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  • The Talented Miss Highsmith

    Wed, 02 Dec 2009 02:01

    Patricia Highsmith, one of the great writers of 20th Century American fiction, "had a life as darkly compelling as that of her favorite 'hero-criminal', talented Tom Ripley. In this revolutionary biography, Joan Schenkar paints a riveting portrait, from Highsmith's birth in Texas to Hitchcock's filming of her first novel, Strangers On a Train, to her long, strange, self-exile in Europe. We see her as a secret writer for the comics, a brilliant creator of disturbing fictions, and erotic predator with dozens of women (and a few good men) on her love list."

    The Talented Miss Highsmith is "the first literary biography with access to Highsmith's whole story: her closest friends, her oeuvre, her archives. It's a compulsive page-turner unlike any other, a book worthy of Highsmith herself."

    Review, below, from the New York Times:

    The photo on the cover of The Talented Miss Highsmith depicts the young, sultry author of Strangers on a Train holding one of her pet cats. There's no question which is the more spookily feline-looking creature.

    Pretty as it is, this picture is hardly representative. As a pet owner Highsmith was much more remarkable for keeping hundreds of snails and for liking to watch those mollusks mate. As a sex object she was far more androgynous in affect than she appears in the photograph. "In Paris restaurants, where French waiters are uncomfortably good at reading gender code, Pat is sometimes directed to the men's lavatory," writes Joan Schenkar, Highsmith's enterprising new biographer. Ms. Schenkar adds: "Pat thought that waiters stopped her 'because I have big feet and skinny thighs.' She had to think something."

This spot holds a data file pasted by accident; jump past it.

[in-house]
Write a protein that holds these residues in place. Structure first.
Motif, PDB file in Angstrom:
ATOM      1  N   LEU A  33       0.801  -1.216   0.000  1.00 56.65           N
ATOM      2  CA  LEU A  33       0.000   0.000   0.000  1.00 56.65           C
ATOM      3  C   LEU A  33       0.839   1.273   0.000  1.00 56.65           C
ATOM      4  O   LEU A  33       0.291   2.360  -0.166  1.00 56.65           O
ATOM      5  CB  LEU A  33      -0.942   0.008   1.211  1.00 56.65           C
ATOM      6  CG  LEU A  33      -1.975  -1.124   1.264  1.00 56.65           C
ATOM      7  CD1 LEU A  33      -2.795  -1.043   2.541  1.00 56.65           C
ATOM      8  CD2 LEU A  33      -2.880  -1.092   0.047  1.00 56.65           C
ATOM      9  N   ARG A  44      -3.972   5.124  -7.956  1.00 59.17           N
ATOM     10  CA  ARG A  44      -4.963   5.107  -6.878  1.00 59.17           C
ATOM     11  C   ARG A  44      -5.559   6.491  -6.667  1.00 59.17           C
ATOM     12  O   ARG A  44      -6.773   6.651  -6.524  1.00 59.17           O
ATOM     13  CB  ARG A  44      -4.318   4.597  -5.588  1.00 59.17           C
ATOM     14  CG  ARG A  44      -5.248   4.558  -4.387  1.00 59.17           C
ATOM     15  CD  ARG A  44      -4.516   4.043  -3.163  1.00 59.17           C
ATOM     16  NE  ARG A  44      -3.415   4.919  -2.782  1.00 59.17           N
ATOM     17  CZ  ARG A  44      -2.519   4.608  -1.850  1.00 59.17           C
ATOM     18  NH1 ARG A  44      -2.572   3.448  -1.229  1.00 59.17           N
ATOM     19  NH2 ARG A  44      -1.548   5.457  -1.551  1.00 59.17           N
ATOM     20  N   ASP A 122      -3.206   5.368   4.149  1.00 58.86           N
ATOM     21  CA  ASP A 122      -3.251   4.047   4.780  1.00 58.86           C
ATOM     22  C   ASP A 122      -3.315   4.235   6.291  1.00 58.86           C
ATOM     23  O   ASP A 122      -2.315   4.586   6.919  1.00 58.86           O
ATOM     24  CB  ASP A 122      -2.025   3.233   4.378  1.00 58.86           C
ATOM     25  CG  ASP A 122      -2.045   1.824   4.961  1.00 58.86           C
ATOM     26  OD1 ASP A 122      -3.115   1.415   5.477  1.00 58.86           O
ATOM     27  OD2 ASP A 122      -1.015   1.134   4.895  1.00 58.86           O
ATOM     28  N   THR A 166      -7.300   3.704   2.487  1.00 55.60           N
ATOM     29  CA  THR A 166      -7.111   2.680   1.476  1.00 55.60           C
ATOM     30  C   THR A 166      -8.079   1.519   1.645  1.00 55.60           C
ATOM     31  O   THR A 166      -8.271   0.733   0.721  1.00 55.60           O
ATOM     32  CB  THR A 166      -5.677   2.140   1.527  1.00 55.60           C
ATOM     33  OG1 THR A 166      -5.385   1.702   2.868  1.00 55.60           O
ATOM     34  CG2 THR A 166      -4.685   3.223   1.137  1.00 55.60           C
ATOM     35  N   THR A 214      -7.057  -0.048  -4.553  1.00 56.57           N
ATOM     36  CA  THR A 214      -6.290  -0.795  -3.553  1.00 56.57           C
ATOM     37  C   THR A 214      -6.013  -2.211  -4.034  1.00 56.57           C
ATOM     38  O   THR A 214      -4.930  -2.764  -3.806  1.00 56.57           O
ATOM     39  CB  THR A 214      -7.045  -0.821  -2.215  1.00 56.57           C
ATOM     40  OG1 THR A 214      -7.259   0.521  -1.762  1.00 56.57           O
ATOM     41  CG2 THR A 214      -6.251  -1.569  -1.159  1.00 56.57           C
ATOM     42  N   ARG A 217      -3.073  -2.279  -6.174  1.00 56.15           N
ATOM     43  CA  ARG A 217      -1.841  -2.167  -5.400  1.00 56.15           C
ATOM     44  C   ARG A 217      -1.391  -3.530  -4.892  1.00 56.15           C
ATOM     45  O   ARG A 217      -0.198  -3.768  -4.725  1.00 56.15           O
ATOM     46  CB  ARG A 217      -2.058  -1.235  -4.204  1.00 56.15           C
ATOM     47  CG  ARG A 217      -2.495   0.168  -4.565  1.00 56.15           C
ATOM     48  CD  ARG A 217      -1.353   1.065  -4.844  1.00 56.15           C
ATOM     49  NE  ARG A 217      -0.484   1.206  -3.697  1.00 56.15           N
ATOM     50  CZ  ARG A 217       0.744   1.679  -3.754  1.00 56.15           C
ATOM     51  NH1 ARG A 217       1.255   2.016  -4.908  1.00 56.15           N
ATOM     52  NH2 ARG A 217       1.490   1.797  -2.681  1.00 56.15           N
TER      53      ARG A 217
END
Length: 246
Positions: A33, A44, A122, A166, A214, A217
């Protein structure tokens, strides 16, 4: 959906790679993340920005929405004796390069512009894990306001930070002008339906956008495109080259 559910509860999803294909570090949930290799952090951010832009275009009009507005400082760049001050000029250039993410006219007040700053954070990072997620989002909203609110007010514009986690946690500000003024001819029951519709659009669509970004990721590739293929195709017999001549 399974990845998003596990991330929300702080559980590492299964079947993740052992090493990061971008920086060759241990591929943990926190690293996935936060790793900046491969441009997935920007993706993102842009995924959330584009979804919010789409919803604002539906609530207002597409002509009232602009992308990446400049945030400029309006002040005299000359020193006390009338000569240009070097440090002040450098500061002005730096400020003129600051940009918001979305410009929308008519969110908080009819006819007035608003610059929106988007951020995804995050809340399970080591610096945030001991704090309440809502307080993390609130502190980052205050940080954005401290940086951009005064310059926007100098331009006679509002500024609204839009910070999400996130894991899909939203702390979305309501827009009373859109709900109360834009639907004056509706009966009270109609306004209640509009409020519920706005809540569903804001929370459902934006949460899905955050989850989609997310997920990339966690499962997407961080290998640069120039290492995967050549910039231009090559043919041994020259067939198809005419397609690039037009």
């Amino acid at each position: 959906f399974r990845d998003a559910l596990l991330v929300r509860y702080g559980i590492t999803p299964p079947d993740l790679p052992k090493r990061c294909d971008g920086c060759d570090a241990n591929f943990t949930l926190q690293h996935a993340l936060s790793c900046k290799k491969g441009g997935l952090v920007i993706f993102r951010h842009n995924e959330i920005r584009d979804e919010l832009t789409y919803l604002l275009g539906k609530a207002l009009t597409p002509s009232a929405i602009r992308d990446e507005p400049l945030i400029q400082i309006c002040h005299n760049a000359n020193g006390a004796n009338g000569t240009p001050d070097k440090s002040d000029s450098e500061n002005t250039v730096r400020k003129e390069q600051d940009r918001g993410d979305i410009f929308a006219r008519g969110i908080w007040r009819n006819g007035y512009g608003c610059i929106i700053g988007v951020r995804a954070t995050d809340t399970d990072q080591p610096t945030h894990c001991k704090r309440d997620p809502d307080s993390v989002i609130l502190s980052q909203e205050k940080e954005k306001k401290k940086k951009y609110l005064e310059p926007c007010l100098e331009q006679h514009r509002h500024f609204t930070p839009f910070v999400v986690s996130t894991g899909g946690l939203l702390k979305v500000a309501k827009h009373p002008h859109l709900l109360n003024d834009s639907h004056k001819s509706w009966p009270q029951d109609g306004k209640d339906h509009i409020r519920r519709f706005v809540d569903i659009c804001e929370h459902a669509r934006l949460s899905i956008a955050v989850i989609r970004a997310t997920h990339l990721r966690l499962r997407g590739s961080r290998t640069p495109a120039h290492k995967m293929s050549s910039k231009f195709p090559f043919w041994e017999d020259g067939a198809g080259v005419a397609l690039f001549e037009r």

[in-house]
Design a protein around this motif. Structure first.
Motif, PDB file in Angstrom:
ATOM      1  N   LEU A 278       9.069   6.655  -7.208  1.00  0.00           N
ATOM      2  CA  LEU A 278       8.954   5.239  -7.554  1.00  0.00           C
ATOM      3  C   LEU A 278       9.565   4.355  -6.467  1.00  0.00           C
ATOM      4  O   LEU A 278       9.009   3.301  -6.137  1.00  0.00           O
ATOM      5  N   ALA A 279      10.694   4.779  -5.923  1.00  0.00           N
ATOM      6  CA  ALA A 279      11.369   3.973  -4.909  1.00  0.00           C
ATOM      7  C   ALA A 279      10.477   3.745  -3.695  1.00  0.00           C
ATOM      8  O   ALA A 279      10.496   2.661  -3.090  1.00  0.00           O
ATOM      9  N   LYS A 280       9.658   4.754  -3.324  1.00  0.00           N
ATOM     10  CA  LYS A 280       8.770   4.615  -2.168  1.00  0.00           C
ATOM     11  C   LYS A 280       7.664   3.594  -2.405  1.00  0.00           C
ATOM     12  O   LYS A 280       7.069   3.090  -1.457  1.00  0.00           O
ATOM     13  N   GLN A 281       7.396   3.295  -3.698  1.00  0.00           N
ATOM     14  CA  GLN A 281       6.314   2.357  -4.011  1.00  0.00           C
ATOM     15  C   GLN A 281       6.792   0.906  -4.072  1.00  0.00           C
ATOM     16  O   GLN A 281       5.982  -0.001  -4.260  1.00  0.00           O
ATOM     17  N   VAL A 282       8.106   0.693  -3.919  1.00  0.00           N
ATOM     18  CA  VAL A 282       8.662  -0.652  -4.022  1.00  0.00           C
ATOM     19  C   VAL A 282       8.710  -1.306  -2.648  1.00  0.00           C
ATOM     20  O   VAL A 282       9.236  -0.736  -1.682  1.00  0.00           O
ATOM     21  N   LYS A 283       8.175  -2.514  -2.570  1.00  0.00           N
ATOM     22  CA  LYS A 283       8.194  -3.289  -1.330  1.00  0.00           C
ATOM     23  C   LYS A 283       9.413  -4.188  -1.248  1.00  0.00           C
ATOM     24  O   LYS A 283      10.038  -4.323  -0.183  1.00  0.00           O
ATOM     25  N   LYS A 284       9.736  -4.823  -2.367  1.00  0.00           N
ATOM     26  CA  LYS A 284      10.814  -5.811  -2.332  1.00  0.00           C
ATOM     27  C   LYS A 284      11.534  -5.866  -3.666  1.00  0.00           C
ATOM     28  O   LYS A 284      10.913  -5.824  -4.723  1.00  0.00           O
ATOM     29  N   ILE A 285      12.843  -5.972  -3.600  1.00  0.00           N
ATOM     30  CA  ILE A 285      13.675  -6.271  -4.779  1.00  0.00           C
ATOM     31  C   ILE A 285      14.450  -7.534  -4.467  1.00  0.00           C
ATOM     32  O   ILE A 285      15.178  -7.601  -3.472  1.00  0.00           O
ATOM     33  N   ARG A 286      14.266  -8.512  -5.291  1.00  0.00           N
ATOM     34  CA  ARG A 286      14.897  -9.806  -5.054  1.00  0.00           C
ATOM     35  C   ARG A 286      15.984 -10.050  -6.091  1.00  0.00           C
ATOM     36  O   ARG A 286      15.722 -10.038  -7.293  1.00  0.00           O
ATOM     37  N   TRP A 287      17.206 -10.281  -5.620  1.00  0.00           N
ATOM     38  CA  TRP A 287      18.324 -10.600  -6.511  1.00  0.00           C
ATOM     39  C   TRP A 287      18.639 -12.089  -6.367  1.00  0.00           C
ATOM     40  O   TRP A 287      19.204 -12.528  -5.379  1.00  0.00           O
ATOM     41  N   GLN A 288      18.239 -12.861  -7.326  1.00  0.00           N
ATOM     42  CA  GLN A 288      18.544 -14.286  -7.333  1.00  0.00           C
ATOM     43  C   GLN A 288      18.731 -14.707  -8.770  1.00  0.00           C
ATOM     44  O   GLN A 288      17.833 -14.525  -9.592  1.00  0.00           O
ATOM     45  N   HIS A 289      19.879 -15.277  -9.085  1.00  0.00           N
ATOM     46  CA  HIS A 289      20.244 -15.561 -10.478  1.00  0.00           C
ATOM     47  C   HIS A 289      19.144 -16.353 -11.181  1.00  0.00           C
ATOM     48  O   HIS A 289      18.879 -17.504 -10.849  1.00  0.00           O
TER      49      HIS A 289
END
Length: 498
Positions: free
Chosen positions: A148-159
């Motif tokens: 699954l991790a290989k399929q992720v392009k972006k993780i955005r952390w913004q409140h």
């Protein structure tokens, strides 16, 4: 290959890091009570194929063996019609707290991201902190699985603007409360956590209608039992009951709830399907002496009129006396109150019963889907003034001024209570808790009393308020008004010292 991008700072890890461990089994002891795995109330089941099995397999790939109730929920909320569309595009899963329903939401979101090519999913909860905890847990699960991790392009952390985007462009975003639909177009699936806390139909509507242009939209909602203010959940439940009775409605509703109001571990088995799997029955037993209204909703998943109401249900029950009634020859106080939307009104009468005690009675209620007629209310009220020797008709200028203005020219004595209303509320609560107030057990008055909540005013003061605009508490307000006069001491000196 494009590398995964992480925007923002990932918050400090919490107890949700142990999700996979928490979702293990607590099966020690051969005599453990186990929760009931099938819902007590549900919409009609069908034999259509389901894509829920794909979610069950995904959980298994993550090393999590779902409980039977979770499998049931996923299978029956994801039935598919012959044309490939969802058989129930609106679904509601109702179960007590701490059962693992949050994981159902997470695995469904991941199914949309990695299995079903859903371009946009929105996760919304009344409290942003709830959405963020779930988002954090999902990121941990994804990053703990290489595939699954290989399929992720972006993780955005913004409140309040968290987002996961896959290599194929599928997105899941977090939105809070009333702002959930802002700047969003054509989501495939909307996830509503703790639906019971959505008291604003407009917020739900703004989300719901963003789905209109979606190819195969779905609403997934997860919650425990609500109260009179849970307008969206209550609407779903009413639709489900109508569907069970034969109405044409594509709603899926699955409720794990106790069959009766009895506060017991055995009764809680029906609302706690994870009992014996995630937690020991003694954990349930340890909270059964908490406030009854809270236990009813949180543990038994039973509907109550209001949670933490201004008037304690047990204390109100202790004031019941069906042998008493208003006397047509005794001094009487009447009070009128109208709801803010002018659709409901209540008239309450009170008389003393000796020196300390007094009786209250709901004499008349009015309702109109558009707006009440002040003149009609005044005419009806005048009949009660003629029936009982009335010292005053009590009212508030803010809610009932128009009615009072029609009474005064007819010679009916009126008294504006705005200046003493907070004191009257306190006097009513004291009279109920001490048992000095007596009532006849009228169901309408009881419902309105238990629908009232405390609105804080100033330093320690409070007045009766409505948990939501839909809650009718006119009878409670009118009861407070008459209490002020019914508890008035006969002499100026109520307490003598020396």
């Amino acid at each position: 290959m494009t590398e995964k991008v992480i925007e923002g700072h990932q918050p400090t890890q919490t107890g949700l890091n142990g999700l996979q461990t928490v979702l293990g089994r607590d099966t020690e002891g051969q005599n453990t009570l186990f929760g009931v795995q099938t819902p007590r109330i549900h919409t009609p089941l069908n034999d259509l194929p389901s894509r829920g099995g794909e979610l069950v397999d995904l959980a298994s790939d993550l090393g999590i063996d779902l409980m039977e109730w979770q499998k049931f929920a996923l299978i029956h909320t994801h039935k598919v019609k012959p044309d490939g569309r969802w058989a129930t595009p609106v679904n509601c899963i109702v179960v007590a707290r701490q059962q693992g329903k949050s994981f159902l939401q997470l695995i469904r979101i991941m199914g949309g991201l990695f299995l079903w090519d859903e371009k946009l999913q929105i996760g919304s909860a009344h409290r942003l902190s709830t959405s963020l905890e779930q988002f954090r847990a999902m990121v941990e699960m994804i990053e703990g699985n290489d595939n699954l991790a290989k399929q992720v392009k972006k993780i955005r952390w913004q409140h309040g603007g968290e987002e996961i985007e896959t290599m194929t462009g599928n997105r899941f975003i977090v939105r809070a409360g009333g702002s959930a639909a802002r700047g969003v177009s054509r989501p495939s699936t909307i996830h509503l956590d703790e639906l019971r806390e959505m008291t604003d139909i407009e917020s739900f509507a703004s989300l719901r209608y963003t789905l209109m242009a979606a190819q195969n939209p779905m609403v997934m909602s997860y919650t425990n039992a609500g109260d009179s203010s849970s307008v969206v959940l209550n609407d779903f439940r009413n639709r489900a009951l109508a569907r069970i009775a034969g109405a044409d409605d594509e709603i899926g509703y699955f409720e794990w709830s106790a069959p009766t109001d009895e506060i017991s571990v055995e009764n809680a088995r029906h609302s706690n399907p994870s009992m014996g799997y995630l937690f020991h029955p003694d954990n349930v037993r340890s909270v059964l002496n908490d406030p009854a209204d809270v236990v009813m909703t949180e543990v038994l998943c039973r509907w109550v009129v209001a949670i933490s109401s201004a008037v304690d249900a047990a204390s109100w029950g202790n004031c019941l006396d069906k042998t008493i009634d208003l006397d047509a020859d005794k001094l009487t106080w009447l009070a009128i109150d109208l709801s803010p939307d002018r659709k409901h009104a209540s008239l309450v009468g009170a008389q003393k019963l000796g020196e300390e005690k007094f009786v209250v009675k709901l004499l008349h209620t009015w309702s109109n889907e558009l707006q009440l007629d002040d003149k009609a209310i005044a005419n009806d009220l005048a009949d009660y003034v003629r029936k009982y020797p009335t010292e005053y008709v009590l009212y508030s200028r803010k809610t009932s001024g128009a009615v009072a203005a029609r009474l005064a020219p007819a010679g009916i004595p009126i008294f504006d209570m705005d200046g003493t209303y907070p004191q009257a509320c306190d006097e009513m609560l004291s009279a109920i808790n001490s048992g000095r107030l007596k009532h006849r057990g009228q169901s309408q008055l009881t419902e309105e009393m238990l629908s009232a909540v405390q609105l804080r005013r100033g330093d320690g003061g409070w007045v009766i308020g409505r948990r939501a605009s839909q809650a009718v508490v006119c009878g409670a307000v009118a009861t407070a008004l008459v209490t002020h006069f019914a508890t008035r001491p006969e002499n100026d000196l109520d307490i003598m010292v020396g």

This is no ordinary literary biography. Ms. Schenkar, also a playwright, is not one of those thorough, respectful scholars who let the facts and the literature speak for themselves. Hers is an unusually assertive voice, which makes it well suited to Highsmith (as it was to Dolly Wilde, Oscar's niece, who was the subject of Ms. Schenkar's earlier book, Truly Wilde). Her approach is innovative, sometimes confoundingly so. And her sensibility is sufficiently ghoulish to keep her undaunted by what she calls Highsmith's "hundreds of raspingly acute portraits of quietly transgressive acts," which is a relatively mild way of characterizing the shock value of Highsmith's tirelessly misanthropic work (more...)

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